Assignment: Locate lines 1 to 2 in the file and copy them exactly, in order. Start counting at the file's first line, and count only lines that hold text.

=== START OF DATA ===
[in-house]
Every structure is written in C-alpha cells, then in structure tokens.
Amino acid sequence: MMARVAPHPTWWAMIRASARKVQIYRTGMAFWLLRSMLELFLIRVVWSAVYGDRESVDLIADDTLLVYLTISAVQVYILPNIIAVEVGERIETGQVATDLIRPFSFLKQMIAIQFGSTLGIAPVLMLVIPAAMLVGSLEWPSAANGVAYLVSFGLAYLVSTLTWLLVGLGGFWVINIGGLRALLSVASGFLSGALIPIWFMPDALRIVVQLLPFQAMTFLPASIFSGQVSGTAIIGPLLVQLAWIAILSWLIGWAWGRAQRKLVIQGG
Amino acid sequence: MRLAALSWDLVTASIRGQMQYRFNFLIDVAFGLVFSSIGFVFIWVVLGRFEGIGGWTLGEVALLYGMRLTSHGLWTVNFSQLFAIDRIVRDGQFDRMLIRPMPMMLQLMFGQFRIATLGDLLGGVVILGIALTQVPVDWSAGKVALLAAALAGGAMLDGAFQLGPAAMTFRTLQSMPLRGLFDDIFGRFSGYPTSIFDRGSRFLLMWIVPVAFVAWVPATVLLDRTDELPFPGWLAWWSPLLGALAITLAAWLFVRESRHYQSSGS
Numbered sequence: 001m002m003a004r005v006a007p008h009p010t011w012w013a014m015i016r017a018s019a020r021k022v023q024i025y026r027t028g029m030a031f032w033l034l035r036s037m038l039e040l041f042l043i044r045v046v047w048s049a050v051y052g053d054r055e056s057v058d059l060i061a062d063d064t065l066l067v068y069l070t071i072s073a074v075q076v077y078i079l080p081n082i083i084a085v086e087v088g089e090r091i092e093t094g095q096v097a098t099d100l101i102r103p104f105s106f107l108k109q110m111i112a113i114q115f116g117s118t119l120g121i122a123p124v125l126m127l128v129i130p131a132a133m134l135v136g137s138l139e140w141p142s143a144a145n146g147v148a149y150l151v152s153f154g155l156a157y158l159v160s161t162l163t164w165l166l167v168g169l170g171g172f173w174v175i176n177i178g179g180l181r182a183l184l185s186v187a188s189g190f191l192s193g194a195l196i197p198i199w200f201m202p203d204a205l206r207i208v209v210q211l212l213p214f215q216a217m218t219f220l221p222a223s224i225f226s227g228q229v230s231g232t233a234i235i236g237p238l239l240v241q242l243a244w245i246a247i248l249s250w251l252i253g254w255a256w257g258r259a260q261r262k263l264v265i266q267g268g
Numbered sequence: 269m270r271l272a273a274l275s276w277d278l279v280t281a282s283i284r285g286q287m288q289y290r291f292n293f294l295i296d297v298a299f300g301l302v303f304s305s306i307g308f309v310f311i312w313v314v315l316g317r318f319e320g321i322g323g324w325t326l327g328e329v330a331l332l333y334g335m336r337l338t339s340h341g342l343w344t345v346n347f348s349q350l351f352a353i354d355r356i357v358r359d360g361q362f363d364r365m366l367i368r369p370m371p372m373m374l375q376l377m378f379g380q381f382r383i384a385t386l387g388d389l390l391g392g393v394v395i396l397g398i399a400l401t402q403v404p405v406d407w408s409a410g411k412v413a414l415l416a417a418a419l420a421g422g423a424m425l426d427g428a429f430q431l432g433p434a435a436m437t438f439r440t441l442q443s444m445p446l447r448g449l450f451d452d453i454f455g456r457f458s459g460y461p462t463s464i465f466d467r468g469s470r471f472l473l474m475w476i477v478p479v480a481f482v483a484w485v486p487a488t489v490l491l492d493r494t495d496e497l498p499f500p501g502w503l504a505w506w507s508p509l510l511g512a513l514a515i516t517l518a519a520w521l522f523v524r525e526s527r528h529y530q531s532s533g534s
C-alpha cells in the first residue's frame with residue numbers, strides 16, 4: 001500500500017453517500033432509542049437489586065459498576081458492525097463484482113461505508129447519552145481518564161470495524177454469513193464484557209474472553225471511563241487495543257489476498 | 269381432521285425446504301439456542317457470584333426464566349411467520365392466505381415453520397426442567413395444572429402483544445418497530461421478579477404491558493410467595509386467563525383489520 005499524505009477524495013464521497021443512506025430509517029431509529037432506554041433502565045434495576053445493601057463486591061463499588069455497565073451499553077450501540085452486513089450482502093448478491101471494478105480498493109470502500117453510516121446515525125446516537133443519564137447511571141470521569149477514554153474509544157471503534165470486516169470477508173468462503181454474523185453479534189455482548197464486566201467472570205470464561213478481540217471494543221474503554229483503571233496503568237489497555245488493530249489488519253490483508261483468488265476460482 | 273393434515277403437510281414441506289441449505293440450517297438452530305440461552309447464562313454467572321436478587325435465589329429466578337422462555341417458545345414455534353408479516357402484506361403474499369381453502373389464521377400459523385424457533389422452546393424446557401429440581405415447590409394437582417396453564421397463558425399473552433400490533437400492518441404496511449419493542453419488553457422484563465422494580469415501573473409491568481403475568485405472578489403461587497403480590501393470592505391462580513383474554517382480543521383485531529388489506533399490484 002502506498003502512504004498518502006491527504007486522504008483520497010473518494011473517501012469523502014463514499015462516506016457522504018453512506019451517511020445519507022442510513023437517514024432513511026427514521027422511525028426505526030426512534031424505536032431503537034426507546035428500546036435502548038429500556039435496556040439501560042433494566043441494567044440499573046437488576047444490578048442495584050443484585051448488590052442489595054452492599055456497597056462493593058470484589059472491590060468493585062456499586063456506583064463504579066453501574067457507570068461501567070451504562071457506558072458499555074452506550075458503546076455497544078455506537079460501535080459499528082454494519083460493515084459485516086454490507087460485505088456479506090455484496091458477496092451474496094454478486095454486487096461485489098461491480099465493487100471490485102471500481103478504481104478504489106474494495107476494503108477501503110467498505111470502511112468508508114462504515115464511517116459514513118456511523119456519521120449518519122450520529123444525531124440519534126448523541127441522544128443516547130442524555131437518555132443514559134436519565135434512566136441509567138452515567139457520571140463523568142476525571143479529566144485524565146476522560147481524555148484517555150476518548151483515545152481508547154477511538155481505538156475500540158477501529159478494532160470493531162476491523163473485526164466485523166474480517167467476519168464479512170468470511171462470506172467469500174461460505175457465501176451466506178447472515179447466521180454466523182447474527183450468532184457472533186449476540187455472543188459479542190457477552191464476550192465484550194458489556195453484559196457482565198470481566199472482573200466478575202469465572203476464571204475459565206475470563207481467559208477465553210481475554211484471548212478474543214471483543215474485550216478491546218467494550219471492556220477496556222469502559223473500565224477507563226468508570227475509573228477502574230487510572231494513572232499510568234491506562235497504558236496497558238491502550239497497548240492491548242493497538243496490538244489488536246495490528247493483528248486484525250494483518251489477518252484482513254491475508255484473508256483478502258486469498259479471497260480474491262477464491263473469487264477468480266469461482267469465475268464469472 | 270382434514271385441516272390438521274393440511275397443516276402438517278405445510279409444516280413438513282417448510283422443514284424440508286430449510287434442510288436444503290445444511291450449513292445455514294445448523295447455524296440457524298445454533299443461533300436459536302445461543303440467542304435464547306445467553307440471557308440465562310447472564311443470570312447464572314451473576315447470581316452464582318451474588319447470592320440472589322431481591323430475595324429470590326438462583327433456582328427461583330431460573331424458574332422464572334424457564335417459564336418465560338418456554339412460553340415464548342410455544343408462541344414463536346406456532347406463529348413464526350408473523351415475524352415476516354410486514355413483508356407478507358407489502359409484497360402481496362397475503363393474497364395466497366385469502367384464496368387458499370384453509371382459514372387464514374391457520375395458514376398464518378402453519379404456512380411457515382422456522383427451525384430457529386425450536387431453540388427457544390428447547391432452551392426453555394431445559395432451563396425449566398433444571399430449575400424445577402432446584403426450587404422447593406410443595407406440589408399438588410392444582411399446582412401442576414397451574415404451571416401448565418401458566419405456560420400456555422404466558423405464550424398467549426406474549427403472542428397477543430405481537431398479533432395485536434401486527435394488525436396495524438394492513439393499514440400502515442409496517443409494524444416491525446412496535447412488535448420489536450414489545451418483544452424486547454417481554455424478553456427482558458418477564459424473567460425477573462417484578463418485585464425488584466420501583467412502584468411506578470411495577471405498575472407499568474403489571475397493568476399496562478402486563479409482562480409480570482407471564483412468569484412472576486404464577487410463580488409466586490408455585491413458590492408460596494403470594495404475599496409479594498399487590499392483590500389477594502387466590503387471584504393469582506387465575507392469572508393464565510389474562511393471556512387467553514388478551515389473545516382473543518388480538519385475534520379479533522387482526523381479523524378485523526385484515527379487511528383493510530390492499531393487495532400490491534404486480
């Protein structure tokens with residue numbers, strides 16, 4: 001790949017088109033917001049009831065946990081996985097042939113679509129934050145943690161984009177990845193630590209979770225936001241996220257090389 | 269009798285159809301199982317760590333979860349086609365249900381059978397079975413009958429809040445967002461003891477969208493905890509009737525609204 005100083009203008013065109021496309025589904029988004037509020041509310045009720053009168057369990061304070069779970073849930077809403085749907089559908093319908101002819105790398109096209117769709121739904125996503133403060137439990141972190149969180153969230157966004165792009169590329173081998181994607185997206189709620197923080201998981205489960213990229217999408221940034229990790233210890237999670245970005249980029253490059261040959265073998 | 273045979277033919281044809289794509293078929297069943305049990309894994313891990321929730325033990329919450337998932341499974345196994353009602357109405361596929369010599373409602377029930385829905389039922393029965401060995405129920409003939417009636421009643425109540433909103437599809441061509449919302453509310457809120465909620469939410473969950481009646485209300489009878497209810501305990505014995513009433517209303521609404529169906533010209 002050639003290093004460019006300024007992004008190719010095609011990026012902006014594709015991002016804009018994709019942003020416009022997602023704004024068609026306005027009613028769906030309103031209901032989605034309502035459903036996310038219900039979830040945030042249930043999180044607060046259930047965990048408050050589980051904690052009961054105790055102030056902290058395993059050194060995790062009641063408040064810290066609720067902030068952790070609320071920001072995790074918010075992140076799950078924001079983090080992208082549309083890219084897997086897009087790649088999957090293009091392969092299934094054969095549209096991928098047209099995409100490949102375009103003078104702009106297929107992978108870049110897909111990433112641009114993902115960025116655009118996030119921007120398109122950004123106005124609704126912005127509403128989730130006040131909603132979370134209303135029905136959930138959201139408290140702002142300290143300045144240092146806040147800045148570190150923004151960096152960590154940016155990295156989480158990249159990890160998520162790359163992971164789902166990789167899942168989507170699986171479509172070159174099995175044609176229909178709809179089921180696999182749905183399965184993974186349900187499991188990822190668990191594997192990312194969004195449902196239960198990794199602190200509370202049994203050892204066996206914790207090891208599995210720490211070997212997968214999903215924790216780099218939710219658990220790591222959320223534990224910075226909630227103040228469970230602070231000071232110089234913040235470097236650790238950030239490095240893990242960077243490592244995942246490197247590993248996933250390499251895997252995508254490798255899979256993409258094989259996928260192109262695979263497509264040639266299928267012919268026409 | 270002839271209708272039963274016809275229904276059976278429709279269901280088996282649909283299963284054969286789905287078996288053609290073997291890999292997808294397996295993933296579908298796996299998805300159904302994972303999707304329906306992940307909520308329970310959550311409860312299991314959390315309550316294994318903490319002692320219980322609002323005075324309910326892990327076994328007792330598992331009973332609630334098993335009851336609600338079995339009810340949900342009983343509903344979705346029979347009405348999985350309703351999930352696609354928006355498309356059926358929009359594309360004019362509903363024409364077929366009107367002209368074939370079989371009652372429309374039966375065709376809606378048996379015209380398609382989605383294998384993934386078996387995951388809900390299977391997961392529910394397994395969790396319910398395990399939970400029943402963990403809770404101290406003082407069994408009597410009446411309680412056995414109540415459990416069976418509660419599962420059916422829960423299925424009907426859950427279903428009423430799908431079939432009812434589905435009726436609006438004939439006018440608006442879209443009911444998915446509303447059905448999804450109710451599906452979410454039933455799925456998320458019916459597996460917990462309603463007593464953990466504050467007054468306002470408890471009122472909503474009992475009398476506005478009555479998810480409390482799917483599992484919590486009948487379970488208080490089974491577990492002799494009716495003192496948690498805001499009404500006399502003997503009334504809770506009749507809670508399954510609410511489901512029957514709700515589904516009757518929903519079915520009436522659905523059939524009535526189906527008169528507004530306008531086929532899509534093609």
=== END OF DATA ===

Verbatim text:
[in-house]
Every structure is written in C-alpha cells, then in structure tokens.